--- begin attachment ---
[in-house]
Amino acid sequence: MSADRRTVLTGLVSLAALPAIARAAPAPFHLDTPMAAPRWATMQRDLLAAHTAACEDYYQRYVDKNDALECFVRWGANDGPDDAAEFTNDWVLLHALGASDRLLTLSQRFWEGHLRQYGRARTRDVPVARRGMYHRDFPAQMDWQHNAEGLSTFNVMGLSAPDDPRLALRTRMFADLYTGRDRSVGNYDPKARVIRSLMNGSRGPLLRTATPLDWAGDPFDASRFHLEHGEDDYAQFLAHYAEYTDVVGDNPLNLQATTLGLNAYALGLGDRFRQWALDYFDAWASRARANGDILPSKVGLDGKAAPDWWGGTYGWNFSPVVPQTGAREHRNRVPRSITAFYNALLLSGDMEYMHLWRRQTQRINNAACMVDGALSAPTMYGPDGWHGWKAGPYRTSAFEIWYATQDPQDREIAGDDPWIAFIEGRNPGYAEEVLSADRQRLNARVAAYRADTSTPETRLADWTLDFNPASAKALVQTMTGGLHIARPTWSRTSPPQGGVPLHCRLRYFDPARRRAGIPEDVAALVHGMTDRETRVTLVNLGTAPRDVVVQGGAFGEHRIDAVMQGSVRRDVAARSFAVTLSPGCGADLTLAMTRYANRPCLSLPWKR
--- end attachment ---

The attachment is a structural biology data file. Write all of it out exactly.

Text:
[in-house]
Amino acid sequence: MSADRRTVLTGLVSLAALPAIARAAPAPFHLDTPMAAPRWATMQRDLLAAHTAACEDYYQRYVDKNDALECFVRWGANDGPDDAAEFTNDWVLLHALGASDRLLTLSQRFWEGHLRQYGRARTRDVPVARRGMYHRDFPAQMDWQHNAEGLSTFNVMGLSAPDDPRLALRTRMFADLYTGRDRSVGNYDPKARVIRSLMNGSRGPLLRTATPLDWAGDPFDASRFHLEHGEDDYAQFLAHYAEYTDVVGDNPLNLQATTLGLNAYALGLGDRFRQWALDYFDAWASRARANGDILPSKVGLDGKAAPDWWGGTYGWNFSPVVPQTGAREHRNRVPRSITAFYNALLLSGDMEYMHLWRRQTQRINNAACMVDGALSAPTMYGPDGWHGWKAGPYRTSAFEIWYATQDPQDREIAGDDPWIAFIEGRNPGYAEEVLSADRQRLNARVAAYRADTSTPETRLADWTLDFNPASAKALVQTMTGGLHIARPTWSRTSPPQGGVPLHCRLRYFDPARRRAGIPEDVAALVHGMTDRETRVTLVNLGTAPRDVVVQGGAFGEHRIDAVMQGSVRRDVAARSFAVTLSPGCGADLTLAMTRYANRPCLSLPWKR